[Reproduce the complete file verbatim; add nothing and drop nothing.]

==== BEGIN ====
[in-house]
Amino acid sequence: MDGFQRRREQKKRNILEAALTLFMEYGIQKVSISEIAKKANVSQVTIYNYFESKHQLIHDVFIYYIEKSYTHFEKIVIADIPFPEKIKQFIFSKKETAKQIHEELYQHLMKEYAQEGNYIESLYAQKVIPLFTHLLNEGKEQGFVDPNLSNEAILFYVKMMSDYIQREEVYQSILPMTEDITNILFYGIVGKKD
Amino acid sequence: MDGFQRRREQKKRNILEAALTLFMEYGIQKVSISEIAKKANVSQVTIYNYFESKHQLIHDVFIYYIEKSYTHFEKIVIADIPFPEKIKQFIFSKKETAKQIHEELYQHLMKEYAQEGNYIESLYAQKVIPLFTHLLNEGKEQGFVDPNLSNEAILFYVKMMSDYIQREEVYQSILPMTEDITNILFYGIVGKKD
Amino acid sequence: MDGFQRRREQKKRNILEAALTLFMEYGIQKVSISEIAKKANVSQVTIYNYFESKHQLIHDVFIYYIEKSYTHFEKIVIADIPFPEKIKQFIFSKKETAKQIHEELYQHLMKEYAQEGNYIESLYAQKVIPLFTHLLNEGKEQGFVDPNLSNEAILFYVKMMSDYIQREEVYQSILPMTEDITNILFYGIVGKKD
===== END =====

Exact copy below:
[in-house]
Amino acid sequence: MDGFQRRREQKKRNILEAALTLFMEYGIQKVSISEIAKKANVSQVTIYNYFESKHQLIHDVFIYYIEKSYTHFEKIVIADIPFPEKIKQFIFSKKETAKQIHEELYQHLMKEYAQEGNYIESLYAQKVIPLFTHLLNEGKEQGFVDPNLSNEAILFYVKMMSDYIQREEVYQSILPMTEDITNILFYGIVGKKD
Amino acid sequence: MDGFQRRREQKKRNILEAALTLFMEYGIQKVSISEIAKKANVSQVTIYNYFESKHQLIHDVFIYYIEKSYTHFEKIVIADIPFPEKIKQFIFSKKETAKQIHEELYQHLMKEYAQEGNYIESLYAQKVIPLFTHLLNEGKEQGFVDPNLSNEAILFYVKMMSDYIQREEVYQSILPMTEDITNILFYGIVGKKD
Amino acid sequence: MDGFQRRREQKKRNILEAALTLFMEYGIQKVSISEIAKKANVSQVTIYNYFESKHQLIHDVFIYYIEKSYTHFEKIVIADIPFPEKIKQFIFSKKETAKQIHEELYQHLMKEYAQEGNYIESLYAQKVIPLFTHLLNEGKEQGFVDPNLSNEAILFYVKMMSDYIQREEVYQSILPMTEDITNILFYGIVGKKD